Port Douglas + Since Then

My apologies: this blog is a little long (but mostly pictures). When we arrived in Cairns, we picked up our car from the rental company and began our drive about an hour north to Port Douglas. The gorgeous windy road provided glimpses of the ocean, and then long expanses of sugar cane, broken up with periodic roundabouts.

We got settled in our home for the trip, a little apartment that was a little rough around the edges but lovely just the same. After an early morning flight, we were pretty weary, but were quite excited to explore the lovely sunny weather. We went down to 4 mile beach (supposedly named after a family with the surname of Fourmile for all you confused metric system fans). It lies just off to the side of downtown Port Douglas, a beach that looks like it is out of a postcard. We staked out a spot and enjoyed the sun, then went swimming in a cordoned off area (no jellyfish or crocodiles for us!)

In general, I was blown away by the gorgeous tropical environment and gorgeous weather, the calm vibe so different from the hustle and bustle of the city. The water was so warm it felt like bathwater, and shallow. I picked up a coconut off the beach to try and hack into later, and we headed off to Coles for some groceries, because we knew they’d be closed for ANZAC day the next day (a celebration of Australia and New Zealand Army Corps). Back at home, I ended up spending far too much time breaking into the coconut while Aidan was making dinner. However, it worked out and I struck gold (or at least coconut water…)!

The next morning, since we knew some things would be closed, we headed off to the forest, one of the things we had both been quite excited to visit. It is the oldest rainforest in the world, full of endemic animals (not found anywhere else). As we drove further north up the coast, it felt a little bit like going back in time. We took a very simplistic ferry that worked on a pulley system, then got on a road that simply weaves through, with not many options, through dense forest. We had no real plan, a luxury not often afforded, and we stopped along our way to Cape Tribulation (the furthest point you can go in the Daintree forest).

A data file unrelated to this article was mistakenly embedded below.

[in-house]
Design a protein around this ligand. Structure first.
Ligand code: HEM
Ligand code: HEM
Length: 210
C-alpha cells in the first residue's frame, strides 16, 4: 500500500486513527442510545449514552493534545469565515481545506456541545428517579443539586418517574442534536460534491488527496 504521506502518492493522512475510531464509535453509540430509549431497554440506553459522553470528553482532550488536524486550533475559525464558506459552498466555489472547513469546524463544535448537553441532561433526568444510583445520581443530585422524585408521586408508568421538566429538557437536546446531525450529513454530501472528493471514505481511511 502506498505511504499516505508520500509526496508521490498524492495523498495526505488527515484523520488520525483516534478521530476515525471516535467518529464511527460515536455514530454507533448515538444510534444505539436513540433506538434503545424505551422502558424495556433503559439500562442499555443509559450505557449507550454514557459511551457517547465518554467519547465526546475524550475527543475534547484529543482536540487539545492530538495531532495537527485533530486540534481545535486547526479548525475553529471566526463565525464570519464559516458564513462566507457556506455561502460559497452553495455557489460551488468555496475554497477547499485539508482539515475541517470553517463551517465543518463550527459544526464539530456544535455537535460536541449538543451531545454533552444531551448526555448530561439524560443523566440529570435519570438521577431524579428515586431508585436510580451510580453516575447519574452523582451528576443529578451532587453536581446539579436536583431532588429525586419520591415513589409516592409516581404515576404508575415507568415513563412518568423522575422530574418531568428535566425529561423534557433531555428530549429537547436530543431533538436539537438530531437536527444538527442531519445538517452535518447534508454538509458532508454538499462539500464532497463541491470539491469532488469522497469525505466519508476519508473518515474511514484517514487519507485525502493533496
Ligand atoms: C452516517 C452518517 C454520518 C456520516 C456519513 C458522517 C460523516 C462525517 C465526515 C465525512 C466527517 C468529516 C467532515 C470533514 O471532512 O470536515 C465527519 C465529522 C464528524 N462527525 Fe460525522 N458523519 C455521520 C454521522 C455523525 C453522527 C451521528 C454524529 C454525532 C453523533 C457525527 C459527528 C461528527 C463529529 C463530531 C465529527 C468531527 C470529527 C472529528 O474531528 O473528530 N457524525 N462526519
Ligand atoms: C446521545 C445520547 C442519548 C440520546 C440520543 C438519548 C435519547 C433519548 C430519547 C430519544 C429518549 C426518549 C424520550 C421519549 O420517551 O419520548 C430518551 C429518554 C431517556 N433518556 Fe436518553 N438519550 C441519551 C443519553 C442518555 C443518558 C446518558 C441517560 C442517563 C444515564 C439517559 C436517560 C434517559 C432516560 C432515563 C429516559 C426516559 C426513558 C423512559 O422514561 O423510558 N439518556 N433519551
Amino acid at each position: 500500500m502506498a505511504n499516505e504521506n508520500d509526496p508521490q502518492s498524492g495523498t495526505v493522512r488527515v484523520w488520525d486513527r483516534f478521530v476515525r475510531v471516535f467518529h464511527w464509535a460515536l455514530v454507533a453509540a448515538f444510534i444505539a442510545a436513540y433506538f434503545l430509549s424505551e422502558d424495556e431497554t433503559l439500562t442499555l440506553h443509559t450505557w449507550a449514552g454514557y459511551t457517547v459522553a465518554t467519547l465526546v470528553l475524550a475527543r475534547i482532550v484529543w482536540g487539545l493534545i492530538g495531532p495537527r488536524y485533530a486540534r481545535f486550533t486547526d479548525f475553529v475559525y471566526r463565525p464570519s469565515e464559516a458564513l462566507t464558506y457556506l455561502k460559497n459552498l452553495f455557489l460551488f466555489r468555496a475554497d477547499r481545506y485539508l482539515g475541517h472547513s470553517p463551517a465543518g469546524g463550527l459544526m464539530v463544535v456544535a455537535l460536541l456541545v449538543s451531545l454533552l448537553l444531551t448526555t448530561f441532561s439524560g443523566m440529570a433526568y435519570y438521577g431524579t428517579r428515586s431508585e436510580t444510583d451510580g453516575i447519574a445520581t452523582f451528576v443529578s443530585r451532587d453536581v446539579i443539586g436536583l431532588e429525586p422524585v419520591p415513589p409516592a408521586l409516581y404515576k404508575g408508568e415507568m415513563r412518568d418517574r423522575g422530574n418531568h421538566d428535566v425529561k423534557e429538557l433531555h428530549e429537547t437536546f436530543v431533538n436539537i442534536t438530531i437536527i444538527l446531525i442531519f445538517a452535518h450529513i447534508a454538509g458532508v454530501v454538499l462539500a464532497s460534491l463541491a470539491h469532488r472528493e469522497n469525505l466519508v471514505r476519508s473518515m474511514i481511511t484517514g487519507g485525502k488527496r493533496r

We found a lovely beach where we were the only people around to eat lunch at, and had a chance to walk through the forest a few times. Most notably, once we reached Cape Tribulation, we did a walk in the forest that enveloped us in the best possible way. We didn’t know quite how long it was, so we entered the humid and dense environment, and walked along with no clear end in sight. The sound of the forest was deafening, so many creatures just out of sight, and the sunlight filtered through the trees. We were truly immersed. We saw a huge spider about as big as an outstretched hand, which I’m not including for those who might be sensitive, but let me know if you’re interested in a picture of it!

Leaving the miniature town of Cape Tribulation, we headed back home, and stopped at the isolated beach we had enjoyed so much before for the sunset. We were not disappointed, and watched the cotton candy clouds sink behind the forest as we walked along the edge of the water.

As we drove home in the dark, the forest became even more alive, the sounds even more deafening. We saw frogs jumping around the edge of the road, and we were one of only a couple cars on the ferry back. We even ran over a very large (at least five feet long) snake that had definitely already met its time before we got there. The next day, we woke up early to head to the great barrier reef. We got on a big catamaran, and drove out for about an hour. I had decided to do an introductory dive, so I started out with an talk on that.

We stopped at three sites for snorkeling, the second site being the one I had been chosen to dive at. We had to wear some really fashionable full body lycra suits to protect us from jellyfish and the sun, and then we hopped in! The reef was absolutely gorgeous, teeming with fish, bright colors, and giant clams.

The three sites differed in the animals there, and the structure of the cove we visited and the corals present. Aidan knows a bunch of fish species from his time spent in Hawaii, so he could point out things we passed. The first site was absolutely lovely, and as soon as we emerged from the water, I was told to stay in the back of the boat for the dive, which would leave as soon as we arrived at our next site. I was quite nervous, but I knew it was something I wanted to do and would go through with. We got all suited up with the big tanks and the regulators, and then hopped in the water, holding onto a rope for the first bit. We had to do a couple “tests” to prove we would be ok in the water, and then headed off.